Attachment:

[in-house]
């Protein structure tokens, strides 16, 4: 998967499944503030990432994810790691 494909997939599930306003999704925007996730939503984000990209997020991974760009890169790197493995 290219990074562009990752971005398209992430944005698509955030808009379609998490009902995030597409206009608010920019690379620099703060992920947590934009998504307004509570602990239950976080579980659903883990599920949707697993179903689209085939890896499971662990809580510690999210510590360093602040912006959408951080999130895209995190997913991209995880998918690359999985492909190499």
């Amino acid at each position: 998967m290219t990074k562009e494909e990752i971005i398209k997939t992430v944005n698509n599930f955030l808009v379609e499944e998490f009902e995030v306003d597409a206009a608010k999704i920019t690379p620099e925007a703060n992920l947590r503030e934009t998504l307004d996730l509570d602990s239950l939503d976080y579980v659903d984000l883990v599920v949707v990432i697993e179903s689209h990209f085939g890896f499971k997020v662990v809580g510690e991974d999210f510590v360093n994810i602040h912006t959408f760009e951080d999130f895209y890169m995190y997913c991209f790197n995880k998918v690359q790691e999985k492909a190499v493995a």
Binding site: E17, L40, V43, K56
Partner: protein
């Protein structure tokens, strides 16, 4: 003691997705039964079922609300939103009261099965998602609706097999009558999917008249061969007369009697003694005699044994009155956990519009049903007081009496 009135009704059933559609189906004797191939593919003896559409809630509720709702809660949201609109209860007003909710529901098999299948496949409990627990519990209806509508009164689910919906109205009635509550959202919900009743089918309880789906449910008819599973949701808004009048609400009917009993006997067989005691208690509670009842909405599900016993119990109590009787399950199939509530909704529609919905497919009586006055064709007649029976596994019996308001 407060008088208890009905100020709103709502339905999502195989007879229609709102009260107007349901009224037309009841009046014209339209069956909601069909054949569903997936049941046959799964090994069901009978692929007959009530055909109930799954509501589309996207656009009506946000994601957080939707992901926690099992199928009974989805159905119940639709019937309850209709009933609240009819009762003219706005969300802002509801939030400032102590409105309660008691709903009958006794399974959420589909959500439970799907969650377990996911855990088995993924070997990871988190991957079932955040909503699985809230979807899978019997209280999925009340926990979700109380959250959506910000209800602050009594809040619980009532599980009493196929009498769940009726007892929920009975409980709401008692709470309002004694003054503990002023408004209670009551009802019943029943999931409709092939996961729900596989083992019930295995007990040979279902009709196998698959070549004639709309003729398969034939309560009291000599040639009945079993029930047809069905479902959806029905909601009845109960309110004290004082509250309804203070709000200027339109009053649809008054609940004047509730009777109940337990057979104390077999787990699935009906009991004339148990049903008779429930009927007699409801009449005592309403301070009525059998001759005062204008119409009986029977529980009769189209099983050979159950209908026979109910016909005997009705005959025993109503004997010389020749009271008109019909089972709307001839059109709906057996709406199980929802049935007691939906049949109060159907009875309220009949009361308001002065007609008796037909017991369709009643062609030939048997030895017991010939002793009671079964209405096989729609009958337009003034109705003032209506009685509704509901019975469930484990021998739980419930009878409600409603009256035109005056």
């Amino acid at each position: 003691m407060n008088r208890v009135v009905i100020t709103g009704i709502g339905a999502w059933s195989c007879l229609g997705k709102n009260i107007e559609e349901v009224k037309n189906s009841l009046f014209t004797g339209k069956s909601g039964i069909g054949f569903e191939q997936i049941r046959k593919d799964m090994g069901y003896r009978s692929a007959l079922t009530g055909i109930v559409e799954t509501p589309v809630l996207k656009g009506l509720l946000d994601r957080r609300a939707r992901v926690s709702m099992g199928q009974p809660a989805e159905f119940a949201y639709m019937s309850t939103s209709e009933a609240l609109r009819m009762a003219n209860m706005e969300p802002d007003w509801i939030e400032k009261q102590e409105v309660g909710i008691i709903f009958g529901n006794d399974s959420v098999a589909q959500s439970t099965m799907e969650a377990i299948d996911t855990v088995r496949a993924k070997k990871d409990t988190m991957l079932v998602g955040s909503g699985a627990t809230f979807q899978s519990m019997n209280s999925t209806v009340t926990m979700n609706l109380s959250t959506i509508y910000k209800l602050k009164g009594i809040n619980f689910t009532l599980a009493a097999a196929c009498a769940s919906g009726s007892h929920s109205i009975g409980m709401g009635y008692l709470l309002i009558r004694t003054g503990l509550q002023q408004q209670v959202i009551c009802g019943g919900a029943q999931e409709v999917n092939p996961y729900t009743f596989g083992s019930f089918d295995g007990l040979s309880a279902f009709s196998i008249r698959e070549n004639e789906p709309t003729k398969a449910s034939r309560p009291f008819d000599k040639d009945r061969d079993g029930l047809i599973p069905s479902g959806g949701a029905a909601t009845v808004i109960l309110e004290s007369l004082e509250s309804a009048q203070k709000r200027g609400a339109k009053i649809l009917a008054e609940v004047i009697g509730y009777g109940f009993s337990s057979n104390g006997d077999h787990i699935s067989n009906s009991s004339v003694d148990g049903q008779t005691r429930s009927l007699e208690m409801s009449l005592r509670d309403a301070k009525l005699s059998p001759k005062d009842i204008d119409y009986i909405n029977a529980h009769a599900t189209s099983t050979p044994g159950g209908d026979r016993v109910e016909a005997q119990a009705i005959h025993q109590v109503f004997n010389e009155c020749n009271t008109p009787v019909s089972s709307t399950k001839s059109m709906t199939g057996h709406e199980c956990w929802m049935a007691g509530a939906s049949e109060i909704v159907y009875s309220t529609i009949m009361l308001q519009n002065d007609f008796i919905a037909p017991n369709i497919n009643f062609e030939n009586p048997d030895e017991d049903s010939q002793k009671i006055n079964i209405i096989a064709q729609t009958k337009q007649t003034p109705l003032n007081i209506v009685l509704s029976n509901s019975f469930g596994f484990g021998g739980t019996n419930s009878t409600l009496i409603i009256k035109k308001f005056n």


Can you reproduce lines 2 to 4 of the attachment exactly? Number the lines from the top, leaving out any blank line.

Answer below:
């Protein structure tokens, strides 16, 4: 998967499944503030990432994810790691 494909997939599930306003999704925007996730939503984000990209997020991974760009890169790197493995 290219990074562009990752971005398209992430944005698509955030808009379609998490009902995030597409206009608010920019690379620099703060992920947590934009998504307004509570602990239950976080579980659903883990599920949707697993179903689209085939890896499971662990809580510690999210510590360093602040912006959408951080999130895209995190997913991209995880998918690359999985492909190499």
């Amino acid at each position: 998967m290219t990074k562009e494909e990752i971005i398209k997939t992430v944005n698509n599930f955030l808009v379609e499944e998490f009902e995030v306003d597409a206009a608010k999704i920019t690379p620099e925007a703060n992920l947590r503030e934009t998504l307004d996730l509570d602990s239950l939503d976080y579980v659903d984000l883990v599920v949707v990432i697993e179903s689209h990209f085939g890896f499971k997020v662990v809580g510690e991974d999210f510590v360093n994810i602040h912006t959408f760009e951080d999130f895209y890169m995190y997913c991209f790197n995880k998918v690359q790691e999985k492909a190499v493995a």
Binding site: E17, L40, V43, K56